How to identify, build and deliver your brand moments

Reading Time: 5 minutes

One of the great ironies, and frustrations, for many brands is that reputation must be built over years, but can be lost in a tiny fraction of that time – seconds. All because of an action or a word, a misunderstanding or an expectation that may or may not even have been reasonable in the first place. You can live with this frustration, or you can plan for it. And the best way to do that is recognising how to identify, build and deliver your brand moments.

Everything happens in moments

There will always be that apparent double time-frame between how long it takes to build a brand into an asset, and the experience-time within which many brands are judged.

An instance.

Some people of course will see such a dichotomy as an exercise in futility – all that work, always at risk, capable of going with almost no notice. But building brands is not a Sisyphean task. And here’s why. Loyalty accumulates in exactly the same way – in many of those very same moments across another very long time-frame. Customers decide to be loyal on the basis of criteria that occur in seconds and that are as simple, small and whimsical as the decisions they make the other way.

That’s why brands are no longer about big, clearly signposted “moments of truth” and much more about “moments”, or more particularly the truth in moments for a customer.

And the success for a brand in each of those moments is decided by two things: the action the brand takes; and the reaction that action stimulates.

Identifying different types of brand moments

We tend to think of brand moments as just being experiential, but of course there are plenty of other types of moment that can and do occur across the life of a brand. Some are driven from inside; some are in response to what others are doing or have said:

Pivotal moment: a point in time when a brand does something that indicates there is no going back. Something has changed, and from now on the brand will be defined (positively or negatively) by what has just occurred.

Signal moment: slightly different from a pivotal moment, in that this tends to be a change-of-message moment. In a signal moment, the brand instigates, shifts or clarifies messaging to evoke a response from either its fans, or its critics, or both.

Action moment: a brand either does something or activates something that shifts it from a passive contributor to an involved or endorsing party. This is a moment of brand commitment.

Crowd moment: powerful things happen when people congregate in large numbers. The visual impact of many people doing something, underpinned by a brand, can make for great news and extraordinary images.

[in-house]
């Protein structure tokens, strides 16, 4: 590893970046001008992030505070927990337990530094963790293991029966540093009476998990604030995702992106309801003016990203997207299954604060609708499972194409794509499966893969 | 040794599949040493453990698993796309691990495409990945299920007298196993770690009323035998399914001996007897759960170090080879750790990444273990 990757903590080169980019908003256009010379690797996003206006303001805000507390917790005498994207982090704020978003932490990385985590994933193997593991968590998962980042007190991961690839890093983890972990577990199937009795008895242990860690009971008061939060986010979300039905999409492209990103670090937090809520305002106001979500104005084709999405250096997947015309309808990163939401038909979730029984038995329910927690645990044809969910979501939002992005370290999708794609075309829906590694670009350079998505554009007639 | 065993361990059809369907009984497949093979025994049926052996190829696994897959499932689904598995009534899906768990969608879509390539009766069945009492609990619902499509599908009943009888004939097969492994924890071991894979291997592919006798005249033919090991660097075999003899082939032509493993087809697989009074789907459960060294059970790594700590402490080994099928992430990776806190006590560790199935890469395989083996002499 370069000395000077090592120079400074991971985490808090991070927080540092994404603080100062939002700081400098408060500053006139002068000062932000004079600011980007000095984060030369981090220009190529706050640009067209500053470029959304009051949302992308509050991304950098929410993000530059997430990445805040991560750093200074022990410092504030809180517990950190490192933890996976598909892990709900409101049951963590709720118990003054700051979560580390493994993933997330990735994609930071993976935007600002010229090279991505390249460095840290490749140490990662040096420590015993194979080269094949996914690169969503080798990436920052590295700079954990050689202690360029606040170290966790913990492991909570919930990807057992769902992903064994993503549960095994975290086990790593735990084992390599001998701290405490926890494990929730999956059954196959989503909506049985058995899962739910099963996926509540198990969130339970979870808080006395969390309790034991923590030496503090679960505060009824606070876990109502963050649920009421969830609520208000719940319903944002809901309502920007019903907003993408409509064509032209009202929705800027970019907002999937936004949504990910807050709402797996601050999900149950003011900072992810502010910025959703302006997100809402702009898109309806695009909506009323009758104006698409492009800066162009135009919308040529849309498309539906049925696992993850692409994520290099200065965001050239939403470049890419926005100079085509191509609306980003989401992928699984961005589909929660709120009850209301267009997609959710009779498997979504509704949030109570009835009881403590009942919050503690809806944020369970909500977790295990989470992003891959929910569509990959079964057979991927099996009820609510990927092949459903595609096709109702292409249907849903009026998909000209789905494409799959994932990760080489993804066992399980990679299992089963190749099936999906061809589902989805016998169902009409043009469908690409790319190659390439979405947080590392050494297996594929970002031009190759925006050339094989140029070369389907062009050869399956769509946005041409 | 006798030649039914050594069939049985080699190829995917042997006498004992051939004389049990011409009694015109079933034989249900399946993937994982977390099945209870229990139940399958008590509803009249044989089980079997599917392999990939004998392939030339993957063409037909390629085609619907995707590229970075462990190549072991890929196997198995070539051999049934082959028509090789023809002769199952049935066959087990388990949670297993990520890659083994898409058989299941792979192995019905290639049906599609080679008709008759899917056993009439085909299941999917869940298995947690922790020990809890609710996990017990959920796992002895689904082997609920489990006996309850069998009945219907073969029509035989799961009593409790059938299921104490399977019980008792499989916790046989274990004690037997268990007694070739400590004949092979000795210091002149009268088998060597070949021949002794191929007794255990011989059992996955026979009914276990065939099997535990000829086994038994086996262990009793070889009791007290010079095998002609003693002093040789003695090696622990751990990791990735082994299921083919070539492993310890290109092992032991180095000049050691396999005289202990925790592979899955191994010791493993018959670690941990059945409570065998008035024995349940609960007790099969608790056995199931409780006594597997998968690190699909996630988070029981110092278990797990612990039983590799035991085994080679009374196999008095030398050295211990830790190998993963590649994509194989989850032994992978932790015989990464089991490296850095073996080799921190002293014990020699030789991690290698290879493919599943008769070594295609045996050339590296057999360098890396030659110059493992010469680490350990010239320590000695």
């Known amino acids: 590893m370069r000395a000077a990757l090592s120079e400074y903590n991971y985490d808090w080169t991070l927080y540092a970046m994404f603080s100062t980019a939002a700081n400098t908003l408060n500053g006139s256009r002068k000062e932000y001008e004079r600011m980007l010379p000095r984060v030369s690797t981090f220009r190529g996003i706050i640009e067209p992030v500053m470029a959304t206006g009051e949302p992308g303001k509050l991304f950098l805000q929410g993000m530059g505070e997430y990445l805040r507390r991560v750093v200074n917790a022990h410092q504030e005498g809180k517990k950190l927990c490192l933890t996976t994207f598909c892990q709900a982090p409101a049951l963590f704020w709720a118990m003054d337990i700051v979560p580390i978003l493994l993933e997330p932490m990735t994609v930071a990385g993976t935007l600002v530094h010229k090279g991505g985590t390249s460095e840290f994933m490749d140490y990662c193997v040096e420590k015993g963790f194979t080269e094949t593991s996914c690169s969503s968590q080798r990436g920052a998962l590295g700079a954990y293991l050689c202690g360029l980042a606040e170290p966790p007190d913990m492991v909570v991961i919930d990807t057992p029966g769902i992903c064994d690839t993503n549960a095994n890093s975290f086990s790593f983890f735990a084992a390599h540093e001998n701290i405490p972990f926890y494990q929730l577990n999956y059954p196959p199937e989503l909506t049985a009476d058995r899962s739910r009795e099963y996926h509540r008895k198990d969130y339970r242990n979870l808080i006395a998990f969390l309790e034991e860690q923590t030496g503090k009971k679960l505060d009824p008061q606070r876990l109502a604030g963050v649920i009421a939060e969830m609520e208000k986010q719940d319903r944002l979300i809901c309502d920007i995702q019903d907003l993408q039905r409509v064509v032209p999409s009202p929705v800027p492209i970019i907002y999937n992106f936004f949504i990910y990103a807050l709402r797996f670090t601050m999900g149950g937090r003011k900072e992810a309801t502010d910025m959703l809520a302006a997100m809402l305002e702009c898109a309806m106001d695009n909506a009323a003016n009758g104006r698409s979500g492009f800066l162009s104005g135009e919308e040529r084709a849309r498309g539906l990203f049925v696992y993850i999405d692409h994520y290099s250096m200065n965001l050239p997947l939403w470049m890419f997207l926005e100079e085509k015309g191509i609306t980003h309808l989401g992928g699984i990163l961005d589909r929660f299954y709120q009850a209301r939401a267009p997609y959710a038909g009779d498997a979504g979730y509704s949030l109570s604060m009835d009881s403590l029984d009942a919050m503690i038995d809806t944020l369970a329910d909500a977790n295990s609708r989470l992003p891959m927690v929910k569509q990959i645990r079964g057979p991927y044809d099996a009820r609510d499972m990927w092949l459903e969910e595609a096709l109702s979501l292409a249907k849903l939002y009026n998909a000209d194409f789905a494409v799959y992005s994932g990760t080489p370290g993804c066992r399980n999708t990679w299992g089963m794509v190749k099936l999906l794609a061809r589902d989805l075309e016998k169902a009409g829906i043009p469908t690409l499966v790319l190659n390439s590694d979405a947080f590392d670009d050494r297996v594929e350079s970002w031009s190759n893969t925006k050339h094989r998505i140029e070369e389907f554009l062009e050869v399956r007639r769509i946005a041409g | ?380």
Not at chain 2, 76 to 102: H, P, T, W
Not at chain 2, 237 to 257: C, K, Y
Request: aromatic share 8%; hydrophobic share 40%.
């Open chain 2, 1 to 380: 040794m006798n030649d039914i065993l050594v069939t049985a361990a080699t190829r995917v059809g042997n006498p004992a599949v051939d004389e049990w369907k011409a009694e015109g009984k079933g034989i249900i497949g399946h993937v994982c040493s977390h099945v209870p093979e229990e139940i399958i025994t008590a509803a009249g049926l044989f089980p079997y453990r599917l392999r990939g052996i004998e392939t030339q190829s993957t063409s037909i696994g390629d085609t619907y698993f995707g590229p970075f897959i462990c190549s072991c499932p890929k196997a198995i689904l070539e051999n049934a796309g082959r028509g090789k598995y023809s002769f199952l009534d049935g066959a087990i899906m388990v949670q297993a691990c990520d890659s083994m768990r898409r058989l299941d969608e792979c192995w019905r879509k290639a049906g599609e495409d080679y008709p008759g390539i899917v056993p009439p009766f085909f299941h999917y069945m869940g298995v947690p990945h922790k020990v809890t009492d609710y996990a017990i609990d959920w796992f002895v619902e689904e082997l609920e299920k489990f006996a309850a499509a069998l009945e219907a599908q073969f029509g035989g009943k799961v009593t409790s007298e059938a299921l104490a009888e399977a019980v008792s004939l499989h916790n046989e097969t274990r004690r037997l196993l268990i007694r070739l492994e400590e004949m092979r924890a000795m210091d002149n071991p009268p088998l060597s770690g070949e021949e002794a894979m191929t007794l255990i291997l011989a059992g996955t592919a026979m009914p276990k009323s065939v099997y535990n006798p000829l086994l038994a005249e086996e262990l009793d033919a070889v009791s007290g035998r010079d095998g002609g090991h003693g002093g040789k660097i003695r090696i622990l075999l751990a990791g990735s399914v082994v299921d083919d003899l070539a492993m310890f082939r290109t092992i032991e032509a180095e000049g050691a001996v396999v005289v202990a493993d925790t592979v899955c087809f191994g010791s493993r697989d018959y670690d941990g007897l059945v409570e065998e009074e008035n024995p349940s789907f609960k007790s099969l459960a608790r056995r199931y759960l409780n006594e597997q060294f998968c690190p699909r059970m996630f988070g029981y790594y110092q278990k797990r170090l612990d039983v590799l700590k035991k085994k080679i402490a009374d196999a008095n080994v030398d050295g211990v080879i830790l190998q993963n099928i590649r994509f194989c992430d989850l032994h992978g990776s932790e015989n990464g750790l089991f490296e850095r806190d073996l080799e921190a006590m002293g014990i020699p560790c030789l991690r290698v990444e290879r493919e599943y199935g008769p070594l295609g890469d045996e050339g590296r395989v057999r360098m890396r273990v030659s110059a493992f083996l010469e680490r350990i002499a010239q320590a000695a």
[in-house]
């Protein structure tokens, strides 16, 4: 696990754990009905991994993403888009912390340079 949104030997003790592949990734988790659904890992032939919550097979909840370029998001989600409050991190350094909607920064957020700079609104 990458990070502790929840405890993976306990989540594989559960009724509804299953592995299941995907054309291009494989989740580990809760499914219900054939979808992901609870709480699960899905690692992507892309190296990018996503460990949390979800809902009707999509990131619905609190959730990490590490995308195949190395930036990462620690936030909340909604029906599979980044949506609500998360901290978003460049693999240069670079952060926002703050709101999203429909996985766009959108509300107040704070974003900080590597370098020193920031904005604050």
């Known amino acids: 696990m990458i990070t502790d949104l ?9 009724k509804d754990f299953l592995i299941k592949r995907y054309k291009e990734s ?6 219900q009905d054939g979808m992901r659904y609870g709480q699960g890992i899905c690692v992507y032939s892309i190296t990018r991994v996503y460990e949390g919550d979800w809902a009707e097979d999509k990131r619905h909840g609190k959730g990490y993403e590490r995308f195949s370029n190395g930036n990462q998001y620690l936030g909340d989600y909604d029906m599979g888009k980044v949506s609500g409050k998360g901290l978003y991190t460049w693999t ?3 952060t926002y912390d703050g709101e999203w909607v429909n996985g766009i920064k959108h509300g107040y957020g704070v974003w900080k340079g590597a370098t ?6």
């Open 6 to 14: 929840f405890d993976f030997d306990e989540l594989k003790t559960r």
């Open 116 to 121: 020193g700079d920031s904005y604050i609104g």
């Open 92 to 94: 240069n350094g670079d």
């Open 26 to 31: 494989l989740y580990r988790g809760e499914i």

Human moment: At the other end of the scale, brand moments can be singular, individual and evocative. They can elicit a response that works for that person at that time and makes them feel surprised and valued. Or they can deliver tenderness, empathy and kindness at a time when things feel particularly tough. These moments can be active or reactive.

No matter what brand moments you are mapping or delivering, the most important thing is that feel authentic for the person delivering the moment and for the receiver and they align with what everyone (internal and external) expects from the brand. A Red Bull moment should always be exciting. An Apple moment should always feel designed.

Different actions

That can get complicated. Different people working for different brands take different actions based on different criteria. Some decide intuitively, on that moment’s notice. They may choose on process. Or indifference. Their response could be to act generously, consistently, surprisingly or reluctantly. Some may not act at all.

With so many moments spread out across so many people over so many countries and so many channels on any given days, most brands would probably like each moment to exist where and as it happens. For years it did. A bad moment, for example, extended as far as the customer who didn’t like an action, and to the network of friends that they talked about that moment with. Impulse created penalties or rewards, but they were reasonably contained.

But actions and reactions are no longer contained. Because of course social media is made for, and perfectly timed in, moments. It has literally changed the very dynamics around which moments themselves are judged. It has uncontained them.

Just as media people plan every speech for what the soundbites will be, those creating moments (either spontaneously or planned) need to consciously think of how this will play on screens.

We put it this way: Assume everything is filmed, because chances are, it is.